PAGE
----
The above diagram is the basic communication needed for RS232C. Note that the shield of the communication wire is connected only to one side. This ensures that any noise induced in the communication is filtered to one end.

Settings for RS232C communications are set in a number of ways. Older Omron C**K PLC were set through a series of dip switches. Current Omron SMR1/CPM1 PLC’s are set though data memory locations.
Note: Most of the time, you need to cycle the power or switch to program / run mode for the setting to be activated.

I generally tend to leave everything at the default settings: 9600 bps, Even parity, 7 data bits, 1 stop bit. The default host link unit number is 00. (32 max. – 00 – 31)

Protocol Format
Each piece of equipment will have a list of parameters that can be read and written using the HostLink protocol. This can be found in the programming manual of the device. Here are the areas in the CPM1/CPM1A/CPM2A/CPM2C/SRM1(-V2) from the programming manual.

Lets take a look at the command to read the DM area. All of the commands and responses will be in an ASCII format.

The command format begins with a ‘@‘ sign followed by the Node / Unit number that you wish to communicate. Header code is the command in which you with to execute. (RD) This header code will determine the next series of information. In our case the next four digits will be the beginning word followed by the next four digits to indicate the number of words. The next part of the command is the FCS (checksum) calculation. The comparison to this at each end will ensure that the command/response is correct. FCS is a 8 bit data converted into two ASCII characters. The 8 bits are a result of an Exclusive OR performed on the data from the beginning to the end of the text in the frame. In our case this would be performed on the following:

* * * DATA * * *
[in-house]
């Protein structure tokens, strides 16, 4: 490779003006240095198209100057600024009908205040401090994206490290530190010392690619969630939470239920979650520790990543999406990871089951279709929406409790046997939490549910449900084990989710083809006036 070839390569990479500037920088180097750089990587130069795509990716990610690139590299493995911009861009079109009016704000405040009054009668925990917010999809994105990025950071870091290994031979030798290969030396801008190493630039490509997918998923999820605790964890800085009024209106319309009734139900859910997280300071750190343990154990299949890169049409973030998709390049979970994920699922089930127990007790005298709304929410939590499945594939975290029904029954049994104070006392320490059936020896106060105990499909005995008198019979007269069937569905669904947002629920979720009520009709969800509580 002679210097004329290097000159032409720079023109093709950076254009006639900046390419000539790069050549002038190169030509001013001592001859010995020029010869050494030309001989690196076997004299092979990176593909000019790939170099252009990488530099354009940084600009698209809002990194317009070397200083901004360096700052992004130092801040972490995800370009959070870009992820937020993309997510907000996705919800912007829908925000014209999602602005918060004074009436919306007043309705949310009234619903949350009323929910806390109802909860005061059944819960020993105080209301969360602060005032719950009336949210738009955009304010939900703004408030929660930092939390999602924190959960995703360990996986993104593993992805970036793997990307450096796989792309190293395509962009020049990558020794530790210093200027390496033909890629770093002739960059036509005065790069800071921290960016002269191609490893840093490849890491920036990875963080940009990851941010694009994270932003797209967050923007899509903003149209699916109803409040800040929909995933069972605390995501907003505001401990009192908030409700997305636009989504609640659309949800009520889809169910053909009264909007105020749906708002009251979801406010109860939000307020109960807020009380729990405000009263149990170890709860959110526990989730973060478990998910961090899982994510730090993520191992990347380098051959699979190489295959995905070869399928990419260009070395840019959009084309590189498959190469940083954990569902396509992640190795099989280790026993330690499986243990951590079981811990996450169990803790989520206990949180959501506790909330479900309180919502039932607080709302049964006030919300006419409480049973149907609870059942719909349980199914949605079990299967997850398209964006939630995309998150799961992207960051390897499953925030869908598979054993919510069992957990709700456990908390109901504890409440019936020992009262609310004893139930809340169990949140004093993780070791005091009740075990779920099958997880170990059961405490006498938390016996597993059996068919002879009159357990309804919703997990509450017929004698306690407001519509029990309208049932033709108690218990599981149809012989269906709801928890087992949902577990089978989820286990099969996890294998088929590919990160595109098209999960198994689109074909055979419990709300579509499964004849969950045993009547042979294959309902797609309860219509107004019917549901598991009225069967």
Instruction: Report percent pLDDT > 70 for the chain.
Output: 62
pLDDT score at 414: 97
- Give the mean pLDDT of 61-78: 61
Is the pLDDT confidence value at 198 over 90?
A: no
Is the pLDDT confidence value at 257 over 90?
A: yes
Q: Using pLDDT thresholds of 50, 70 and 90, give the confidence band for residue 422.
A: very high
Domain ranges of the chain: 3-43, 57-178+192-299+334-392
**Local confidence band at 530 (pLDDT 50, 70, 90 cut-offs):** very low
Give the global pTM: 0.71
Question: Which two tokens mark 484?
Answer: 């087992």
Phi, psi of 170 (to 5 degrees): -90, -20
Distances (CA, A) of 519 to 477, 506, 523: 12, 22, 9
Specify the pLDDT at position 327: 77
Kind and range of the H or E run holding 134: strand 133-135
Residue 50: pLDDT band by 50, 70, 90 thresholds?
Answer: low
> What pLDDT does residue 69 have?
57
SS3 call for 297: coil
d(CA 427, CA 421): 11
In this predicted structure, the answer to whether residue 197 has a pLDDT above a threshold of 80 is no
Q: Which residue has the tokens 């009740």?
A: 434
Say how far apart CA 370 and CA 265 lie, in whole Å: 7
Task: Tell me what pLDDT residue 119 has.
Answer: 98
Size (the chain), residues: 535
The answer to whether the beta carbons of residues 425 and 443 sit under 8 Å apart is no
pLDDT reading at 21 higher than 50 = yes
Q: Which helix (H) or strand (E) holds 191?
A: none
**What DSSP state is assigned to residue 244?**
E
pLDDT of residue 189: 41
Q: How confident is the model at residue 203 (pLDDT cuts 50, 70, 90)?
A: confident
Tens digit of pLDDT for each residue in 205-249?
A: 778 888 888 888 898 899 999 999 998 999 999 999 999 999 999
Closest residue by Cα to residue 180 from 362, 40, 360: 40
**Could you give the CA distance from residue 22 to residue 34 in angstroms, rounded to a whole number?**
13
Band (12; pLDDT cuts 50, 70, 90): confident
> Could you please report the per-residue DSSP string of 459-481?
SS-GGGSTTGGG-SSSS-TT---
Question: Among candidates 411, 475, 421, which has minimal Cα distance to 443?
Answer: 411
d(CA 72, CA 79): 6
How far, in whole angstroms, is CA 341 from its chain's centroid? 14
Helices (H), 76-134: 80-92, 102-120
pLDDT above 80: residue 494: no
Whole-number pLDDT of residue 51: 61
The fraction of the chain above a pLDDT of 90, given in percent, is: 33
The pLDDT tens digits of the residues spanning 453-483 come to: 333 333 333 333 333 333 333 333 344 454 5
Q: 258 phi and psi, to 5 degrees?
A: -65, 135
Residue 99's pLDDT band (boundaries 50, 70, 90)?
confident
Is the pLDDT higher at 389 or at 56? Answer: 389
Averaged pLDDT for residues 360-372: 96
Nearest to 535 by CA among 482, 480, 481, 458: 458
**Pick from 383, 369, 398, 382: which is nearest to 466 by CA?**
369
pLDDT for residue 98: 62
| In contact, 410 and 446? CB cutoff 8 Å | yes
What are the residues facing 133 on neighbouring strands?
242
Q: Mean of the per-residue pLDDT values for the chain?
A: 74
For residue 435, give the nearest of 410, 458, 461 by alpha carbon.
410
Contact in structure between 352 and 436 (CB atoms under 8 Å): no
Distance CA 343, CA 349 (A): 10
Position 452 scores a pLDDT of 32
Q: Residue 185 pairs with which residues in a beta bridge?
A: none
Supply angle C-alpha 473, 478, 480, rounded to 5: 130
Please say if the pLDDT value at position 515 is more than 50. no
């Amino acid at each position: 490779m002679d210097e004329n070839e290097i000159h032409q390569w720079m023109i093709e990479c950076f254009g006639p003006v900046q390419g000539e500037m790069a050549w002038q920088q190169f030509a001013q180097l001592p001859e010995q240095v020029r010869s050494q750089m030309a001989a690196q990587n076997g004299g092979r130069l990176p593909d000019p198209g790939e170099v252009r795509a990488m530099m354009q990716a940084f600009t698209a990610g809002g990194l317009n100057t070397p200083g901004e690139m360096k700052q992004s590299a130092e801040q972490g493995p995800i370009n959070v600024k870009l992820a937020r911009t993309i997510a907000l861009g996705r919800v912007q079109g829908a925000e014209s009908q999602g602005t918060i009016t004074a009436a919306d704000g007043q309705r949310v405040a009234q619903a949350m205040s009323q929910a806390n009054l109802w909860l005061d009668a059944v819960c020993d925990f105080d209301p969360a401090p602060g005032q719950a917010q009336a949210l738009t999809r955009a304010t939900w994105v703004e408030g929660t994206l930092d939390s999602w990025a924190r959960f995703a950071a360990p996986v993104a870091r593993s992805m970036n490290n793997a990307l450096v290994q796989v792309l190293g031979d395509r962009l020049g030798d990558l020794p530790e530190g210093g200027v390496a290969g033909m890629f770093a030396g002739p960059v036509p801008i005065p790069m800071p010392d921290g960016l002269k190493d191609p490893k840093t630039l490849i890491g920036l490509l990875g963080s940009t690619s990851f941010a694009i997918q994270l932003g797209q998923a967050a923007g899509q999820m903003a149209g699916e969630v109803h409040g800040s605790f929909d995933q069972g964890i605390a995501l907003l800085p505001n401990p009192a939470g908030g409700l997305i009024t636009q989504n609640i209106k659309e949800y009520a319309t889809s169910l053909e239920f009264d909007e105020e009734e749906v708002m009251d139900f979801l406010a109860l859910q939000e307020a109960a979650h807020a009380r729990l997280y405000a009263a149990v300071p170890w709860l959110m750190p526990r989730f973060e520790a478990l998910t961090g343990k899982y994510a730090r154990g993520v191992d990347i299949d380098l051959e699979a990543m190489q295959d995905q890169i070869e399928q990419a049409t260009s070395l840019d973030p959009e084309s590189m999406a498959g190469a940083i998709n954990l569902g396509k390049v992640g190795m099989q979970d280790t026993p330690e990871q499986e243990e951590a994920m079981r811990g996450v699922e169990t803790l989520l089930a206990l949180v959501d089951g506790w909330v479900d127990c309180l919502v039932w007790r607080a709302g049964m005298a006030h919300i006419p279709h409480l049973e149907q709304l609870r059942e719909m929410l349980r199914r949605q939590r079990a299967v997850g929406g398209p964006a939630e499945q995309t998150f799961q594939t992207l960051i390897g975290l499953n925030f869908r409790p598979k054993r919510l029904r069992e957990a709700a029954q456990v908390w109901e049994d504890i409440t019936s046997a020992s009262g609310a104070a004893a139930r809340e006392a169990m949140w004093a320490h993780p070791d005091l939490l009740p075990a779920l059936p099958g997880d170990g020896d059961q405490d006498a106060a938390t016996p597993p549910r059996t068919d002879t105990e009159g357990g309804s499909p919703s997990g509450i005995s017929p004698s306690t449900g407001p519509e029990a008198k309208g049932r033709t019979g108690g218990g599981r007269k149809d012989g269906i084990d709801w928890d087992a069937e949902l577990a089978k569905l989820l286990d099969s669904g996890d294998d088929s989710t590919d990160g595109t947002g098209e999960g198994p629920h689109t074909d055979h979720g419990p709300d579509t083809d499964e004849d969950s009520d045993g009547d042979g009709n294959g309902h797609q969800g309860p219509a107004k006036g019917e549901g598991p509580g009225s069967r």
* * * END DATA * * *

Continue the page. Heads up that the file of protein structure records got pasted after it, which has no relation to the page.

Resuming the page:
`"@00RD00000010"`

The last part of the command is the terminator. This is an ‘*’ followed by the character for the carriage return. (CHR\$(13))

The response format begins with a ‘@’ sign followed by the Node / Unit number that you are communicating to. The header code is next (RD) followed by the End Code. The end code is a two digit ASCII code that indicates the message response / errors when executing the action. A normal code of ’00’ indicates that everything is fine. See the operation manual for the entire list of end codes for your equipment. The next part of the response depends on the header code executed. In our case it would contain the data requested. The last two parts of the response is the FCS and terminator just like the command format.

The above shows the timing of the command and responses.

Visual Basic VB6 (Example)
Now lets look at an example of reading the first 10 words from the DM area  of an Omron PLC.

The first step is the design the form. You can see that we have our ten DM area words set out to populate with values. We also have a T\$ for transmit. This will show what we are sending to the PLC. The RXD\$ will show what the response will be from the PLC.

The MSComm is used to communicate through the serial ports of the computer. The following is the settings for the communication port.

Here is the VB6 code for the program:
When the form loads the Date/Time will get updated and Timer1 is enabled. This timer controls the interval in which the commands get executed. (Set to 1 second)

```Private Sub Form_Load()
Label2.Caption = Format(Date, "YYYY/MM/DD") + "    " + Format(Time, "HH:MM:SS")
Timer1.Enabled = True
End Sub```